GOP Tax Cuts Threaten Funding for Transit, Biking, and Walking

Congress is on track to trigger spending austerity that will cut programs like New Starts and TIGER.

The GOP's tax overhaul overwhelmingly benefits the wealthiest Americans, and it could trigger major spending cuts. Chart: Economic Policy Institute
The GOP's tax overhaul overwhelmingly benefits the wealthiest Americans, and it could trigger major spending cuts. Chart: Economic Policy Institute

In the middle of the night on Friday, Republican Senators passed a bill overhauling America’s tax code on nearly a strict party-line vote. Slashing taxes for corporations and the wealthy, the bill is projected to increase the national debt by $1.5 trillion over the next decade.

Among many other impacts, if the bill becomes law it threatens federal funds for transit, biking, and walking.

While the tax bill itself doesn’t cut funding, a law already on the books triggers reductions in spending to offset losses of tax revenue.

For transportation, discretionary transportation programs like New Starts, which funds transit expansions, and TIGER, which has helped cities across the country build multi-modal projects, are especially at risk.

With $150 billion annually on the chopping block unless Congress changes course, even more of America’s $50 billion surface transportation program could be targeted. That’s because rather than raise the gas tax, Congress has been funding infrastructure using general fund money and various accounting gimmicks.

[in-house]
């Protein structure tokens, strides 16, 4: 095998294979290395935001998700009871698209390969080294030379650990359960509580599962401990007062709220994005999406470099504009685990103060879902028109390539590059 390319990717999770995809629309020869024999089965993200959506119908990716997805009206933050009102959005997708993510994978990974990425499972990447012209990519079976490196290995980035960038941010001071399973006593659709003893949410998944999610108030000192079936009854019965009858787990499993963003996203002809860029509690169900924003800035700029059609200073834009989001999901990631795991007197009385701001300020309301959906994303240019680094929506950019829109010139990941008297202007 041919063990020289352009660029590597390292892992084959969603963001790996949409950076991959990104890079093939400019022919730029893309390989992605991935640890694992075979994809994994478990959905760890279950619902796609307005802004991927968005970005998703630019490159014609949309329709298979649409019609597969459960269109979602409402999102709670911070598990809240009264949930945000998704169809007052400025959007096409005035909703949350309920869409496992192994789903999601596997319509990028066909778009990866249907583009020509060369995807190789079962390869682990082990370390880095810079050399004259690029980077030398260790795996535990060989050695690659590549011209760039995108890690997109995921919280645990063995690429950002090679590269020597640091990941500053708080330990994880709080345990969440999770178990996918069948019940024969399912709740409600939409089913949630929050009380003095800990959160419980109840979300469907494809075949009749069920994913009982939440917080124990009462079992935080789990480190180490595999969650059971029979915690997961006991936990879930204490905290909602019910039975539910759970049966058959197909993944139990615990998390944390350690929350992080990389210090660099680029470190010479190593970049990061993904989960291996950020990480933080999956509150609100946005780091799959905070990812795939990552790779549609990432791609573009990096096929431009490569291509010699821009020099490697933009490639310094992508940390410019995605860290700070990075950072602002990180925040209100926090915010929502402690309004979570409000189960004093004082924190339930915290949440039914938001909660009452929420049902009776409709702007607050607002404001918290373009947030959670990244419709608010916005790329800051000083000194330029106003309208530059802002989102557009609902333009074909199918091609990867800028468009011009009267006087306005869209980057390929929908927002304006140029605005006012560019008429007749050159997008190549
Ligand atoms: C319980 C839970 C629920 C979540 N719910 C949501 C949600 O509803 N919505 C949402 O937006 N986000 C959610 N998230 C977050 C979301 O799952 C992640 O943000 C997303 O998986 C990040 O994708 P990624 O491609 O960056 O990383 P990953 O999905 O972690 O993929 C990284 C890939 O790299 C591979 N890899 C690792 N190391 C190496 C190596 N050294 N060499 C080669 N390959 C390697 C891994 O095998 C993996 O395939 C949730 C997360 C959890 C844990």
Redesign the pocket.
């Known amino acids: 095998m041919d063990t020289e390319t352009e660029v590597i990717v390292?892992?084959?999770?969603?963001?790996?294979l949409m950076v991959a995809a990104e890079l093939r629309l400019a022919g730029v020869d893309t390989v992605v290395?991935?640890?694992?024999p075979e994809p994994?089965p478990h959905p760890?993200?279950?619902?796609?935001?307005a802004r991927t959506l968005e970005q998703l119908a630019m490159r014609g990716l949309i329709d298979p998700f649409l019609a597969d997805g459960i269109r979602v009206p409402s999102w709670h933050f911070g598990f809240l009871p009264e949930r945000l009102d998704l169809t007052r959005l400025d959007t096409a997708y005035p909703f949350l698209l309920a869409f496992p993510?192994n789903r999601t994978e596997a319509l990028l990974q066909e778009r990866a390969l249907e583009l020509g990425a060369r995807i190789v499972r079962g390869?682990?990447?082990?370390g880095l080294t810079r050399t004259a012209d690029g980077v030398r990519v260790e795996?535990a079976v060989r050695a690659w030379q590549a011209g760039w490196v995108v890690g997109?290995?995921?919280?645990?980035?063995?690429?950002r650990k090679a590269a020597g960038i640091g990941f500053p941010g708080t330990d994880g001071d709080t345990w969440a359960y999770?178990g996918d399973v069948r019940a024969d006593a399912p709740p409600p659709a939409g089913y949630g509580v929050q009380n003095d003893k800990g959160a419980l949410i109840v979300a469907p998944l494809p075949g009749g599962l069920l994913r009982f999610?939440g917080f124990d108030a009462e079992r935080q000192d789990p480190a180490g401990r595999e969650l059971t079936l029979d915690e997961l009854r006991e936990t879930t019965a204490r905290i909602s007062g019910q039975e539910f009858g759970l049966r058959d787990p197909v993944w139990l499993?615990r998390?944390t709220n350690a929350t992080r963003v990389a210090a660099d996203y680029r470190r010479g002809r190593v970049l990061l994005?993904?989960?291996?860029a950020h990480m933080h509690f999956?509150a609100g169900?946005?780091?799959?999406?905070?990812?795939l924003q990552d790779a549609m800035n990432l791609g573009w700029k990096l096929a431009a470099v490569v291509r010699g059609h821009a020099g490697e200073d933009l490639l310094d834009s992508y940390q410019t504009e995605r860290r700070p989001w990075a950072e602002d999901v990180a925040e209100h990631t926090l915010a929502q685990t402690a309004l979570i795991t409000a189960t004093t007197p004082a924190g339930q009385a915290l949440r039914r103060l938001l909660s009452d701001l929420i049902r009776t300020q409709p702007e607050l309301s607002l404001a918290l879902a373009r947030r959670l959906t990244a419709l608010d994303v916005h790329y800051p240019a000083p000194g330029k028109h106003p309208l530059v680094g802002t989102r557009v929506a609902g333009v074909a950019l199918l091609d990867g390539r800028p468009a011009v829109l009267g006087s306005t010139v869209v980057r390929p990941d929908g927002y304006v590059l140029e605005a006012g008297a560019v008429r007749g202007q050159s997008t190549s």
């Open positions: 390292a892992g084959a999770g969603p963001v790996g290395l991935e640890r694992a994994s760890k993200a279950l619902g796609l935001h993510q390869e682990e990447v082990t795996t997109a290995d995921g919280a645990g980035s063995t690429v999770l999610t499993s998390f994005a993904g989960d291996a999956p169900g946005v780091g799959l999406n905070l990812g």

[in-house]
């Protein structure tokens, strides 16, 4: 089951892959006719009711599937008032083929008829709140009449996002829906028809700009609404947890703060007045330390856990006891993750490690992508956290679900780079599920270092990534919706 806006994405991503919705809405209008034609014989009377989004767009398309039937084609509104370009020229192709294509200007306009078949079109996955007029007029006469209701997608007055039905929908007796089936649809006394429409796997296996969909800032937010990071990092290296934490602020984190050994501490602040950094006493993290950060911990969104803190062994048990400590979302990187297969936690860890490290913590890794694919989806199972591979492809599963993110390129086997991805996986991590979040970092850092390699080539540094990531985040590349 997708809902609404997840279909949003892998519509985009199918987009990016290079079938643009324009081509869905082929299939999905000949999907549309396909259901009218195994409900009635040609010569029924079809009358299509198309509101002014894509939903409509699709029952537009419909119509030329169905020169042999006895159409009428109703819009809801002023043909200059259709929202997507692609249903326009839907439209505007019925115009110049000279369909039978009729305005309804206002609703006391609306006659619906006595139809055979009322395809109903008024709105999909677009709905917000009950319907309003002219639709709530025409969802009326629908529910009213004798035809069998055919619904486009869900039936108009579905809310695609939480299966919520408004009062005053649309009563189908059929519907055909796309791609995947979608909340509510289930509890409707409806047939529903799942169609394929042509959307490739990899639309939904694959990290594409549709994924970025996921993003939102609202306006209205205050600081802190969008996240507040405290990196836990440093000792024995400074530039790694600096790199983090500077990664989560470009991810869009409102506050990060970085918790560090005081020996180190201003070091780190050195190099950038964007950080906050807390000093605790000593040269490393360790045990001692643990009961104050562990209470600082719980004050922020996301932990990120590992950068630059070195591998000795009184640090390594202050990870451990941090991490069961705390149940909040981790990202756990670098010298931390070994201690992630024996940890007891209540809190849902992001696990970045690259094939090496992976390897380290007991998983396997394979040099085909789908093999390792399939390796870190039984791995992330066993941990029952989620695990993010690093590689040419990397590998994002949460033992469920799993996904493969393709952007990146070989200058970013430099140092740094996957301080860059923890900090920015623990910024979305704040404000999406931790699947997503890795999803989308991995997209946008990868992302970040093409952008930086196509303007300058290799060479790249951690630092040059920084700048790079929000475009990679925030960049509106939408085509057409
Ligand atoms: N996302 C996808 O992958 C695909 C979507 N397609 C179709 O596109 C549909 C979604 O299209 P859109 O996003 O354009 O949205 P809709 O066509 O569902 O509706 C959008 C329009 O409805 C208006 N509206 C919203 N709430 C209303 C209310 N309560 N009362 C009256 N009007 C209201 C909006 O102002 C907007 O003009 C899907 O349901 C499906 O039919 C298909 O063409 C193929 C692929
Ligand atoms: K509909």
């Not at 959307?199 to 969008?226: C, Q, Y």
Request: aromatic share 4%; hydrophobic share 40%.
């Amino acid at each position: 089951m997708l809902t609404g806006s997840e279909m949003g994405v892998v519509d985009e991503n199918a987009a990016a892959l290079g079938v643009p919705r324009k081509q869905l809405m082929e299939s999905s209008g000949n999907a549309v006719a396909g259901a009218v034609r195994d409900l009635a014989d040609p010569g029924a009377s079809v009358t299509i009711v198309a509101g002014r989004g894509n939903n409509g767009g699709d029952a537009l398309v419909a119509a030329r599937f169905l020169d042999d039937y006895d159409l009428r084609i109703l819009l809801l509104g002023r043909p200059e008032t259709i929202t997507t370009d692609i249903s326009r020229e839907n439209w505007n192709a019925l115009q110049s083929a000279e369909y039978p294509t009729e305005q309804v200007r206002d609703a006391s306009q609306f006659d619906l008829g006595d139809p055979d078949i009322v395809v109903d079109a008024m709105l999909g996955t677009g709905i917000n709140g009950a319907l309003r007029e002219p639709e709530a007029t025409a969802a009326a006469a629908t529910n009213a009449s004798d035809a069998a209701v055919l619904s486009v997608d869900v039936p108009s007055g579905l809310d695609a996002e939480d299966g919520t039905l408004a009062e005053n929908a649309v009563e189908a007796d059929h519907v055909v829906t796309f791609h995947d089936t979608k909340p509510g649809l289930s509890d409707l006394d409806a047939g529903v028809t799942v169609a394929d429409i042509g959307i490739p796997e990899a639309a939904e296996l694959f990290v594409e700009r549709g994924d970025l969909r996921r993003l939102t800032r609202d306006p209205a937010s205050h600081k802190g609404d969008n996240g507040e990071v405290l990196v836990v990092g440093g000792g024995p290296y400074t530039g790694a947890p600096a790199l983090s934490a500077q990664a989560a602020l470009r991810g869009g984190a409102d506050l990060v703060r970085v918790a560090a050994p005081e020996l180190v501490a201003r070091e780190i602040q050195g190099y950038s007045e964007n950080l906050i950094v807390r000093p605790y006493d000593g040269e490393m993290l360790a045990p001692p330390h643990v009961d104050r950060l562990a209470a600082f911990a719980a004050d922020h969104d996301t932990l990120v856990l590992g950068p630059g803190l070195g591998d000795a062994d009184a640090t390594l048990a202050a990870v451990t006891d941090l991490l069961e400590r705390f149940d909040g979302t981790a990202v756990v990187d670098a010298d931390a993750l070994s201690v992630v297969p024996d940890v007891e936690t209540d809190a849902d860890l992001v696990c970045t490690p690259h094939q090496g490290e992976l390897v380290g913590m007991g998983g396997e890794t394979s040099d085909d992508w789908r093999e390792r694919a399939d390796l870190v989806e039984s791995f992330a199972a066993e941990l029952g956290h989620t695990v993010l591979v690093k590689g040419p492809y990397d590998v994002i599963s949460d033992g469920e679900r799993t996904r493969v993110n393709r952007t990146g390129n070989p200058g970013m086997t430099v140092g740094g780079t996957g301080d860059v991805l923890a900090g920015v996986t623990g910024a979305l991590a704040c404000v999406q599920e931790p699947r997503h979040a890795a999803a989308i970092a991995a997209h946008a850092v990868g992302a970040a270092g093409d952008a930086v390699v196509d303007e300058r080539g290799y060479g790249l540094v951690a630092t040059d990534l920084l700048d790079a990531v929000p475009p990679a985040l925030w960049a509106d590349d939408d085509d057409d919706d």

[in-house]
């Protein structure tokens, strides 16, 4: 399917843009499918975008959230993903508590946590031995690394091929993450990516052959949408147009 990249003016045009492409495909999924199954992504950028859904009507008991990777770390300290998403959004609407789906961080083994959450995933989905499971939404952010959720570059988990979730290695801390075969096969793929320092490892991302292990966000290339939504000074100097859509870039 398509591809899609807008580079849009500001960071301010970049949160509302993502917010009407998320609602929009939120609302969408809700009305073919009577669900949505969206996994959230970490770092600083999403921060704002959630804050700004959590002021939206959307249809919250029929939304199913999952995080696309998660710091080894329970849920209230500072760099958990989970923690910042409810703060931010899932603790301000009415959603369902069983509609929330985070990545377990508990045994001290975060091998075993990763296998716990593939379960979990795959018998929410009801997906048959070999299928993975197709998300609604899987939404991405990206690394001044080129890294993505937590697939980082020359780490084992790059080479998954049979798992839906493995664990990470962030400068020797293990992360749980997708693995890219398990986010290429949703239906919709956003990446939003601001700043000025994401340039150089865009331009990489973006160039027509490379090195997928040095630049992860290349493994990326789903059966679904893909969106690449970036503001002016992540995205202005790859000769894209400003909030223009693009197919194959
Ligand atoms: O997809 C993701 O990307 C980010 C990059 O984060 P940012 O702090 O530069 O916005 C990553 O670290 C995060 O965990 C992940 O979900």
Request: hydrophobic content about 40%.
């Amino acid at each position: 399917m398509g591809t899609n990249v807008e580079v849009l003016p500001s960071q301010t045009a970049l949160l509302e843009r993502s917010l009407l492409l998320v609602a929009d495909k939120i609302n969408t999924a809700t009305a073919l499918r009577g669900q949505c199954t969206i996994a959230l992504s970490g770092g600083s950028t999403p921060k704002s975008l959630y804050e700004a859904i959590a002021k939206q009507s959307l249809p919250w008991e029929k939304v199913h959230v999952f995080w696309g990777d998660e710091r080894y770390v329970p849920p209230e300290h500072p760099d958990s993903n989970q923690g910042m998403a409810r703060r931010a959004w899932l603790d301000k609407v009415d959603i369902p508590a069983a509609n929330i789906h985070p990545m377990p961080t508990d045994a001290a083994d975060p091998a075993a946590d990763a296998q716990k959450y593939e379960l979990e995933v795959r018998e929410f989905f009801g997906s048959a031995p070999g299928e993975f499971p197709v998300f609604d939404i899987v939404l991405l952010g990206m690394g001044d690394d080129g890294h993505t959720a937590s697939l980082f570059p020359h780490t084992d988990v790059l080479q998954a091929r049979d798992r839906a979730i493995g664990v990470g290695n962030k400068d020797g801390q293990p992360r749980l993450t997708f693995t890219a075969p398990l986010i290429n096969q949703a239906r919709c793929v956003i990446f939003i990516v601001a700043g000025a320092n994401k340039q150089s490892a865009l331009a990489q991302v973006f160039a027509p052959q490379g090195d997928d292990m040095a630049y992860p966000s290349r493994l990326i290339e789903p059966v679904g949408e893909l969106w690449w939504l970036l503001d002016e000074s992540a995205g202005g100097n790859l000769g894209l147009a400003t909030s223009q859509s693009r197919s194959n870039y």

Transportation for America’s Kevin Thompson said in a statement that the bill makes the chances of a federal infrastructure bill even more remote:

This tax reform measure triggers ten years of annual automatic cuts to transportation programs unless Congress takes further action, and it may also signal the final demise of a national infrastructure package. After creating more than a trillion dollars in new debt, it is difficult to fathom where this Congress will find the resources to pay for another trillion-dollar program.

To add insult to injury, the Senate bill eliminated the meager $20 per month in commuter benefits available to people who bike to work. People for Bikes’ Tim Blumenthal wrote in a statement:

What is the Senate thinking? Why single out a modest incentive that encourages people to bike to work, increasing community health and reducing congestion, while maintaining a significantly larger and more expensive incentive for people to drive?

I believe that’s known as Republican identity politics.

The tax bill still has to go to conference committee where differences between the Senate and House bills would get hammered out, and then go up for a vote in each chamber again. Or the House might rubber stamp the Senate version. Trump has said he wants to sign the bill before Christmas.

  • Larry Littlefield

    The logical next step therefore — eliminate Social Security and Medicare for the one-percent, postponing the day of doom for those programs. And eliminating federal road funding. You pay for yours, we’ll pay for ours, and we’ll cut out the minimum in Washington.